betty_bojangles wrote:RZ5646 wrote:I'm a philosophy major and it's improved my writing and reasoning abilities more than I think any other major would have. It also definitely helped as LSAT prep. However, if I had put less effort into it or went to a school with shitty philosophy faculty, things might have been different. It's certainly not the case that philosophy is guaranteed to make you a better thinker or better person, and I'm not claiming that.
All I'm saying is that for prelaw purposes, philosophy is probably the best major.
That being said, going to college just to go to law school is stupid, so ideally prelaw kids would pair philosophy with something marketable.
I think 90% of people should do STEM or business, and if I could go back in time that's what I would do.
I majored in pure math and have also taken a lot of philosophy courses. I think that reading and writing math proofs was significantly more difficult and did much more for my writing/reading and definitely reasoning skills than philosophy work did. I also found that I was in a much better position when approaching the LSAT as a result. Whether or not this will help in law school, I don't know, but if we are talking just reading/writing/reasoning skills I think there are definitely majors that beat out philosophy for sure.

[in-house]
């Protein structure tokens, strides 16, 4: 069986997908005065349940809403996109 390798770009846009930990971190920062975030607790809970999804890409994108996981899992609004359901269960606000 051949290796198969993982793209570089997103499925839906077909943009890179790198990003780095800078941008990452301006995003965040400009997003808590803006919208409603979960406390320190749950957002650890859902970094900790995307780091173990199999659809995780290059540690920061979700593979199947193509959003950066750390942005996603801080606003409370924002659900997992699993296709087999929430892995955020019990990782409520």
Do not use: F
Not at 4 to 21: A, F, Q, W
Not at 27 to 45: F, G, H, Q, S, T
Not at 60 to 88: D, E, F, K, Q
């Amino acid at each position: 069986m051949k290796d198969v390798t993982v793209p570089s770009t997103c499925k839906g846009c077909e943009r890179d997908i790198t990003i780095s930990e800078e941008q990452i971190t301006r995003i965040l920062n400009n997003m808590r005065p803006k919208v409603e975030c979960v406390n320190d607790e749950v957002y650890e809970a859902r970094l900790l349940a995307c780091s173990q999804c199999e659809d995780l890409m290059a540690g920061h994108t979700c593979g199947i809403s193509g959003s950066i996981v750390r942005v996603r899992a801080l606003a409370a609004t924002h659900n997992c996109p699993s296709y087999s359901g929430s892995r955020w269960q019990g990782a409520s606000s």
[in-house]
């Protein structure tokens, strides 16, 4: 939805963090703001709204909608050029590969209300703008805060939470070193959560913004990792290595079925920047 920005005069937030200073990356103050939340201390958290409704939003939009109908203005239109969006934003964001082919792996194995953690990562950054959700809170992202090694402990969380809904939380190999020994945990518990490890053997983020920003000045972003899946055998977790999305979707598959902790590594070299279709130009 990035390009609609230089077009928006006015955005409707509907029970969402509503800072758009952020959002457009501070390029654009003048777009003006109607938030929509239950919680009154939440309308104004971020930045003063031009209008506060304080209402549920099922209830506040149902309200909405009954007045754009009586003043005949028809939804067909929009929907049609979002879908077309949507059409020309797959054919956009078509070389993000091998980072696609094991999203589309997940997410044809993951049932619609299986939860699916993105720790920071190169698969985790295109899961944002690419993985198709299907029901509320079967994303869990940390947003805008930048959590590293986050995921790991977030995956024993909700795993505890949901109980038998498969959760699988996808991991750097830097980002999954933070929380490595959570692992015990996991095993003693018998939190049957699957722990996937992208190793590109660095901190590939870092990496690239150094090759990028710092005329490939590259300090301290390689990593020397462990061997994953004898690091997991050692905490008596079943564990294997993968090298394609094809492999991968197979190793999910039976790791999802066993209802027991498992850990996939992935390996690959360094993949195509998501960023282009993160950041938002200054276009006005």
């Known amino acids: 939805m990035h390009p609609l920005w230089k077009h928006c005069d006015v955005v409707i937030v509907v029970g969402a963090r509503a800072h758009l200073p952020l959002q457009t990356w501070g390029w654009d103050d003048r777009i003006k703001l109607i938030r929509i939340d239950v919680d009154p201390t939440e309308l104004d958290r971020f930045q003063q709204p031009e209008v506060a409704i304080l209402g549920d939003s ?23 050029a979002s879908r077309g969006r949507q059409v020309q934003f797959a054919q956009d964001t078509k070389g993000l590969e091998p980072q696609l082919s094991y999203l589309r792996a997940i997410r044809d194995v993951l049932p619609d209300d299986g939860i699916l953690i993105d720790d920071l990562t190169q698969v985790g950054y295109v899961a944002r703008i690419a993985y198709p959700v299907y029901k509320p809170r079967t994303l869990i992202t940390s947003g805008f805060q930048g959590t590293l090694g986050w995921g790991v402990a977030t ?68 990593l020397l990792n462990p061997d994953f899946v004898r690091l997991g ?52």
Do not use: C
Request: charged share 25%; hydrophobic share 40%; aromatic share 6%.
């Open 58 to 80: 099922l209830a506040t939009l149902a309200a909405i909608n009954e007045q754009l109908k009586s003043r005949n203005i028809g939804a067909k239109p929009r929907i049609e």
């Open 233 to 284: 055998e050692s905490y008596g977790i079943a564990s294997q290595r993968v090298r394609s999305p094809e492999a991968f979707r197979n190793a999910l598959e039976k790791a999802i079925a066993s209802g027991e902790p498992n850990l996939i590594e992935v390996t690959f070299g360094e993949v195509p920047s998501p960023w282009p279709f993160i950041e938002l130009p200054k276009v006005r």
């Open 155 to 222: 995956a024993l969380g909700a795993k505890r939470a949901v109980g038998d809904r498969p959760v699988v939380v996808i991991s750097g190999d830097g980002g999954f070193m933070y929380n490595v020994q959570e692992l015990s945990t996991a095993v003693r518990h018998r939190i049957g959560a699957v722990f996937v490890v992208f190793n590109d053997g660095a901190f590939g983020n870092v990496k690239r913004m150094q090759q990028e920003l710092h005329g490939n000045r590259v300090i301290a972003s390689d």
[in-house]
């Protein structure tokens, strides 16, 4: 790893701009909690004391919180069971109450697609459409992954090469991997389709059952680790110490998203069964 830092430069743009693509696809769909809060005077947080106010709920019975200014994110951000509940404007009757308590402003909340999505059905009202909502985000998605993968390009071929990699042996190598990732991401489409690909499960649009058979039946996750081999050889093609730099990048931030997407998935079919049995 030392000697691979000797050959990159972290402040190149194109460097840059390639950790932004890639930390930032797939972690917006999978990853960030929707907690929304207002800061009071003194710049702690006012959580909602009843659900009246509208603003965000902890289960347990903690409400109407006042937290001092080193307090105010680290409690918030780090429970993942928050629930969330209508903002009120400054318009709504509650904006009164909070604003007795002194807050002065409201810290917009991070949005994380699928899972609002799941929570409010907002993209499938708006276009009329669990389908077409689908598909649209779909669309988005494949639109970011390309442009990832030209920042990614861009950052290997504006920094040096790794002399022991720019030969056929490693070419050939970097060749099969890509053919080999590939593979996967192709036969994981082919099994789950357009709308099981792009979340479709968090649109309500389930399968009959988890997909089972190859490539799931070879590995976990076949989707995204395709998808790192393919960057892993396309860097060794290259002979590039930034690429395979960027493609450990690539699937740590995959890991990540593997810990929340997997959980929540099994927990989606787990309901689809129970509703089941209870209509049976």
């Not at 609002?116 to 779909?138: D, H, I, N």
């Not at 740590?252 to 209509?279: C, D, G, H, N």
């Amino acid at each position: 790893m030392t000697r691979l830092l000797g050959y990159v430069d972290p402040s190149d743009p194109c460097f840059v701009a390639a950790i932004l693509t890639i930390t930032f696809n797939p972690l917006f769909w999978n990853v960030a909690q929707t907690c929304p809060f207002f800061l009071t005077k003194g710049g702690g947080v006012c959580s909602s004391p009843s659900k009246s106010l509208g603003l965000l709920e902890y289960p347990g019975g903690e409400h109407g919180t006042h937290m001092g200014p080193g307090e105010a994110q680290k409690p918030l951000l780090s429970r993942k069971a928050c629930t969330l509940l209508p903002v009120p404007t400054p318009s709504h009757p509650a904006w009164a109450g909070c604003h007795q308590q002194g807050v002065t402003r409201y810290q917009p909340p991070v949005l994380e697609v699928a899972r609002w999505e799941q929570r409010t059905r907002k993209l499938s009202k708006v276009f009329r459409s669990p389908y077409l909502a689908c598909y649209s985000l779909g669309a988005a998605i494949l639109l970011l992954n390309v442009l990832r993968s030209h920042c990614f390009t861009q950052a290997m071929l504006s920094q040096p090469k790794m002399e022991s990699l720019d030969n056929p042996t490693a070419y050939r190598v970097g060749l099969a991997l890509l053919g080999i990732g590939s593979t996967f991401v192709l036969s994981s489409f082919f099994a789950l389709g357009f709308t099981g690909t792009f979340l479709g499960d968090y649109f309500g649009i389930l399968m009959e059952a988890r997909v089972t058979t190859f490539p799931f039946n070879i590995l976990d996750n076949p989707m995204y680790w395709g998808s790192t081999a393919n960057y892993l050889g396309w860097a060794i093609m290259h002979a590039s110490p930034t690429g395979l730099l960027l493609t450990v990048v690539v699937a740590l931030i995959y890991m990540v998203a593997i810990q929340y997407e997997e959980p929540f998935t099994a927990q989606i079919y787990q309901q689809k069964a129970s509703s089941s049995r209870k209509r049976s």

Math and physics probably beat philosophy in the amount of raw brainpower required, I'll give you that.
I am a slightly above average econ major from an average state school. I have several poli sci friends. They are typically working for close to minimum wage not using their degrees.
I don't work IB or consulting or make 65k. Still, I started at $55k in an area where my apartment only costs $400 a month, and got a small raise/bonus in my first 6 months.
I work 40 hours a week most of the time . I don't regret my econ degree at all.
So who did you know that gave you that job? Unless you're STEM, it's all about connections.